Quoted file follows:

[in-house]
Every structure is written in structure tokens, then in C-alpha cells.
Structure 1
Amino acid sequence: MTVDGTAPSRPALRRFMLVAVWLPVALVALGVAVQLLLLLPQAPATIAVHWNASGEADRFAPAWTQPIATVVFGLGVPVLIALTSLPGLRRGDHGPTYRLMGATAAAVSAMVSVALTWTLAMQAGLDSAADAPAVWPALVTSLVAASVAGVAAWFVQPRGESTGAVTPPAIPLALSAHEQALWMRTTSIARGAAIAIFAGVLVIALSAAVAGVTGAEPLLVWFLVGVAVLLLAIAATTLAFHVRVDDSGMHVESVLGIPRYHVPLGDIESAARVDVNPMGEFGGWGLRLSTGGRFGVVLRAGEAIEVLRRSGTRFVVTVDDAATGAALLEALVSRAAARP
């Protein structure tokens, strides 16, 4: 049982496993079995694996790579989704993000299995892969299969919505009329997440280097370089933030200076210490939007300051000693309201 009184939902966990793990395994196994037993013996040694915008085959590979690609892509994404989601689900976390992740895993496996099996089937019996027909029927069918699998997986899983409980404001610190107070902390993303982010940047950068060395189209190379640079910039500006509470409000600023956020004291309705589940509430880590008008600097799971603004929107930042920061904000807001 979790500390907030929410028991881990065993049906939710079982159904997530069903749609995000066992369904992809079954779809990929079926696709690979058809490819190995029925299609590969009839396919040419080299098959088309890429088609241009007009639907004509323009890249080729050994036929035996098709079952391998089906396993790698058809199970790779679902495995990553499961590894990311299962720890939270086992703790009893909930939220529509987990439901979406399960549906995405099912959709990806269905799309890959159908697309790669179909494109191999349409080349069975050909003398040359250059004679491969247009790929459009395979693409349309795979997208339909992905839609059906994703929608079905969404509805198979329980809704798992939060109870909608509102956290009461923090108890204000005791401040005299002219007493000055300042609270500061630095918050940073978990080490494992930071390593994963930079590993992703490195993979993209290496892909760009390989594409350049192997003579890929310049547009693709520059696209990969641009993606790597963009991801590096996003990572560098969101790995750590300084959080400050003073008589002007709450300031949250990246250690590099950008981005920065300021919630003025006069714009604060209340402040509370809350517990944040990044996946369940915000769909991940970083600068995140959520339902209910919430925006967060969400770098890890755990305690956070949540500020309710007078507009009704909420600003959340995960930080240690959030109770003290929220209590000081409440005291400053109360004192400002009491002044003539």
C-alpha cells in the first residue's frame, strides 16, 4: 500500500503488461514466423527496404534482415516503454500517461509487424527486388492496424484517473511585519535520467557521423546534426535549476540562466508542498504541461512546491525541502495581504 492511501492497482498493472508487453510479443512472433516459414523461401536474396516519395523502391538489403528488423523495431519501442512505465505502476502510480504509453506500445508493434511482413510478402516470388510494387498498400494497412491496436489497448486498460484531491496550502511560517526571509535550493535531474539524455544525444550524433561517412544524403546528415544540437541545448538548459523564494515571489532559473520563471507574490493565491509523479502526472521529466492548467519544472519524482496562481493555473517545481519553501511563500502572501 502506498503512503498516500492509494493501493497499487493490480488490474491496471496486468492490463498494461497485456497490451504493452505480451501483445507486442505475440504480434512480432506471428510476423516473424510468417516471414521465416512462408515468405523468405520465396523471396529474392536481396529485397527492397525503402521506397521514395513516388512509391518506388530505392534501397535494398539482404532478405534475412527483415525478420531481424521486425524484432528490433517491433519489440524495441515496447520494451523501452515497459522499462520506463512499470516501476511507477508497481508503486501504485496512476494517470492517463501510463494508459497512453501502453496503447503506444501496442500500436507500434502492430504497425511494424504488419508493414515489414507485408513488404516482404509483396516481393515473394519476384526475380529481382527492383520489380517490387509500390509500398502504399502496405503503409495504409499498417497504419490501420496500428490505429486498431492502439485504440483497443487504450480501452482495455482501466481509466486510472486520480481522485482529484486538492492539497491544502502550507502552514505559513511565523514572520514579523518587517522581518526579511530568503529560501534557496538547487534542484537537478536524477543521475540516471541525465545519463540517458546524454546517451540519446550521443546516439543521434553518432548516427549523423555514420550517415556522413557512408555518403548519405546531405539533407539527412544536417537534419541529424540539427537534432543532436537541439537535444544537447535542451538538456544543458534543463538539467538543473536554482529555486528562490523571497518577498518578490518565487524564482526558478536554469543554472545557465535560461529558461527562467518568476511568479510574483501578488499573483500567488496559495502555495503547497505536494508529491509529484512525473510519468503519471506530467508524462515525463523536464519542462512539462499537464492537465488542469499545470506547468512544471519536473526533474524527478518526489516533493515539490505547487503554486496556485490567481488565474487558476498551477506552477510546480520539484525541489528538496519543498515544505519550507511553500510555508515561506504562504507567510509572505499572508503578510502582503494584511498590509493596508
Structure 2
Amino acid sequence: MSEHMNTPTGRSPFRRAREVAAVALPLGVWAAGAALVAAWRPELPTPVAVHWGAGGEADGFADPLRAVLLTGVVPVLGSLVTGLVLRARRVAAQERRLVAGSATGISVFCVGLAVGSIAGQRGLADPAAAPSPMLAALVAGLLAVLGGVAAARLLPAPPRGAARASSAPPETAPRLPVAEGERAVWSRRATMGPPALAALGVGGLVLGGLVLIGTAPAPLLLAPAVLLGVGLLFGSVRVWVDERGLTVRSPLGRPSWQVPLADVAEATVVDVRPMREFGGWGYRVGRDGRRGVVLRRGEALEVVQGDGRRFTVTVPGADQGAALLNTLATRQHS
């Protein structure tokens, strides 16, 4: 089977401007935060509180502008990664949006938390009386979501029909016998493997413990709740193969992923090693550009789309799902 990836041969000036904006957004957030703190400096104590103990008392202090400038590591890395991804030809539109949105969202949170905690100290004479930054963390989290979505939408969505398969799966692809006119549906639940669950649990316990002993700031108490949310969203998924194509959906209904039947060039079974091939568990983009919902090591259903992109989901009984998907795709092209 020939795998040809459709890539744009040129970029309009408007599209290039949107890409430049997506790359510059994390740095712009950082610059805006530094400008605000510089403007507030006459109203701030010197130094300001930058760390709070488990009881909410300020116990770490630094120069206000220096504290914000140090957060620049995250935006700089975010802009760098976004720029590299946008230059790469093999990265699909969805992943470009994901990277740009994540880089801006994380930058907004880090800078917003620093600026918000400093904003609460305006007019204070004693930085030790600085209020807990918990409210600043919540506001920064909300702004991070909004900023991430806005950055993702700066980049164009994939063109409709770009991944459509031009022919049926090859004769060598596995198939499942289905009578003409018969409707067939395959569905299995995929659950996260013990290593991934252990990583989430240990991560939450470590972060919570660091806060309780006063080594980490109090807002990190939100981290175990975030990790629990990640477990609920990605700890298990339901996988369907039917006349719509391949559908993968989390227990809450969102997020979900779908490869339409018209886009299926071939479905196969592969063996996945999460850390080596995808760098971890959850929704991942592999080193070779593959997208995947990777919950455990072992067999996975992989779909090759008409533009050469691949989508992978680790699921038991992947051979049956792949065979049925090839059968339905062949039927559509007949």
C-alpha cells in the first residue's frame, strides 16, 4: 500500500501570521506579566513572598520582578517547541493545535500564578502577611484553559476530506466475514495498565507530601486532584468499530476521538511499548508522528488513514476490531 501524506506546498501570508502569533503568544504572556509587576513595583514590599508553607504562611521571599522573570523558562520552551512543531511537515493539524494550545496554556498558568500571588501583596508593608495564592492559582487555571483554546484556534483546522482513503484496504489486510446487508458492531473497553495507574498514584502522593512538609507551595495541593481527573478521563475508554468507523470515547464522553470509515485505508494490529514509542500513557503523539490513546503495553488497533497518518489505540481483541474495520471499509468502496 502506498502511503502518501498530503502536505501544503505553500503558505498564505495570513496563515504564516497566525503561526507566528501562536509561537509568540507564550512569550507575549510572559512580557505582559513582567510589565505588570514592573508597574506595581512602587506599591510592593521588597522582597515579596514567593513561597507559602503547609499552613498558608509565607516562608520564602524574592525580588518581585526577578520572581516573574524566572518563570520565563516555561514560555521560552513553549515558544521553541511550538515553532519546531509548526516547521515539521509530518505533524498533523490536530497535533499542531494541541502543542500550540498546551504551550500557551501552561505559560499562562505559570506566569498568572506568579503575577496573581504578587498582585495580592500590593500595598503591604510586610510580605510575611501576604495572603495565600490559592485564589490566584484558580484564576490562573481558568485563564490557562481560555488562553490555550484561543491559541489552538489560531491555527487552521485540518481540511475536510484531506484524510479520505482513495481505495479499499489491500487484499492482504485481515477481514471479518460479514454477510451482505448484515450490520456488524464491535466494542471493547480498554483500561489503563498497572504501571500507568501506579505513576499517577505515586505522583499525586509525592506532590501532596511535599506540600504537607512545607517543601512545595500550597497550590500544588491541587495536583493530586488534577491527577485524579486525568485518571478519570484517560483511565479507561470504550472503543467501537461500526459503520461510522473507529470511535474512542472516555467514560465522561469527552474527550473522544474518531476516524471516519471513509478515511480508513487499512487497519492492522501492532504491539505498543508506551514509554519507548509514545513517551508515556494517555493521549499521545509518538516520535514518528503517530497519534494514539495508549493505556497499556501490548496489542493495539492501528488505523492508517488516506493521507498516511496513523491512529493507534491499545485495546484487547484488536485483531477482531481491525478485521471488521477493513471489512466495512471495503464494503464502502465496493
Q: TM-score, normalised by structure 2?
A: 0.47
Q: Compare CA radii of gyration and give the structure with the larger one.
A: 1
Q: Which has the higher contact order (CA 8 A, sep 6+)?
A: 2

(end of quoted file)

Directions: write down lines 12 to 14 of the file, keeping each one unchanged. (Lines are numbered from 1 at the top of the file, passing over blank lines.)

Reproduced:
A: 0.47
Q: Compare CA radii of gyration and give the structure with the larger one.
A: 1